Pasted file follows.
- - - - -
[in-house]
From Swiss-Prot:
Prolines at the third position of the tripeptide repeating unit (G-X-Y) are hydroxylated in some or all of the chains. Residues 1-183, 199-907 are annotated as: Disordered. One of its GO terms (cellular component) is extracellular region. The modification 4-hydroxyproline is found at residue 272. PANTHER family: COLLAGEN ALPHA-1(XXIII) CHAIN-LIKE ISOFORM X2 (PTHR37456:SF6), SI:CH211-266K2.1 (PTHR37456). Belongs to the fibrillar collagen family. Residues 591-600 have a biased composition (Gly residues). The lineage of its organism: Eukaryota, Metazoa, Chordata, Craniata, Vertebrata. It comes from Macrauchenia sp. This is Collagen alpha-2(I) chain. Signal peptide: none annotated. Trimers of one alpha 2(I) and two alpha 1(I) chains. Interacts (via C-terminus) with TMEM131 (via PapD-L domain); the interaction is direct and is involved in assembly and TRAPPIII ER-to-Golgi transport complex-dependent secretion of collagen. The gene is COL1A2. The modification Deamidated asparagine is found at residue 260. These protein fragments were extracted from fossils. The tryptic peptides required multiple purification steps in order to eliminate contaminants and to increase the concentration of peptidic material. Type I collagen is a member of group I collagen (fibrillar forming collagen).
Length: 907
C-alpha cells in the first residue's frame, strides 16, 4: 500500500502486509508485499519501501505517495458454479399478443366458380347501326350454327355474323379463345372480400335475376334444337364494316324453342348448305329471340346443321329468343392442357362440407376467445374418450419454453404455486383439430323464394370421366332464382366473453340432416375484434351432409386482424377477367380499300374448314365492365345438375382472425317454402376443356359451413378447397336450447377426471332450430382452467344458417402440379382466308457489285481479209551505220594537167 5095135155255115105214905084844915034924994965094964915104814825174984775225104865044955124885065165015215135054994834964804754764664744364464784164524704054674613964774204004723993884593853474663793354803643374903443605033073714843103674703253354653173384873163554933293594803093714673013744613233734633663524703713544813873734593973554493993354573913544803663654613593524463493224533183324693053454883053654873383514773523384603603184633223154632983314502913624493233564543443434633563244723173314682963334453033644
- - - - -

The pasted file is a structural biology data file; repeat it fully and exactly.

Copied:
[in-house]
From Swiss-Prot:
Prolines at the third position of the tripeptide repeating unit (G-X-Y) are hydroxylated in some or all of the chains. Residues 1-183, 199-907 are annotated as: Disordered. One of its GO terms (cellular component) is extracellular region. The modification 4-hydroxyproline is found at residue 272. PANTHER family: COLLAGEN ALPHA-1(XXIII) CHAIN-LIKE ISOFORM X2 (PTHR37456:SF6), SI:CH211-266K2.1 (PTHR37456). Belongs to the fibrillar collagen family. Residues 591-600 have a biased composition (Gly residues). The lineage of its organism: Eukaryota, Metazoa, Chordata, Craniata, Vertebrata. It comes from Macrauchenia sp. This is Collagen alpha-2(I) chain. Signal peptide: none annotated. Trimers of one alpha 2(I) and two alpha 1(I) chains. Interacts (via C-terminus) with TMEM131 (via PapD-L domain); the interaction is direct and is involved in assembly and TRAPPIII ER-to-Golgi transport complex-dependent secretion of collagen. The gene is COL1A2. The modification Deamidated asparagine is found at residue 260. These protein fragments were extracted from fossils. The tryptic peptides required multiple purification steps in order to eliminate contaminants and to increase the concentration of peptidic material. Type I collagen is a member of group I collagen (fibrillar forming collagen).
Length: 907
C-alpha cells in the first residue's frame, strides 16, 4: 500500500502486509508485499519501501505517495458454479399478443366458380347501326350454327355474323379463345372480400335475376334444337364494316324453342348448305329471340346443321329468343392442357362440407376467445374418450419454453404455486383439430323464394370421366332464382366473453340432416375484434351432409386482424377477367380499300374448314365492365345438375382472425317454402376443356359451413378447397336450447377426471332450430382452467344458417402440379382466308457489285481479209551505220594537167 5095135155255115105214905084844915034924994965094964915104814825174984775225104865044955124885065165015215135054994834964804754764664744364464784164524704054674613964774204004723993884593853474663793354803643374903443605033073714843103674703253354653173384873163554933293594803093714673013744613233734633663524703713544813873734593973554493993354573913544803663654613593524463493224533183324693053454883053654873383514773523384603603184633223154632983314502913624493233564543443434633563244723173314682963334453033644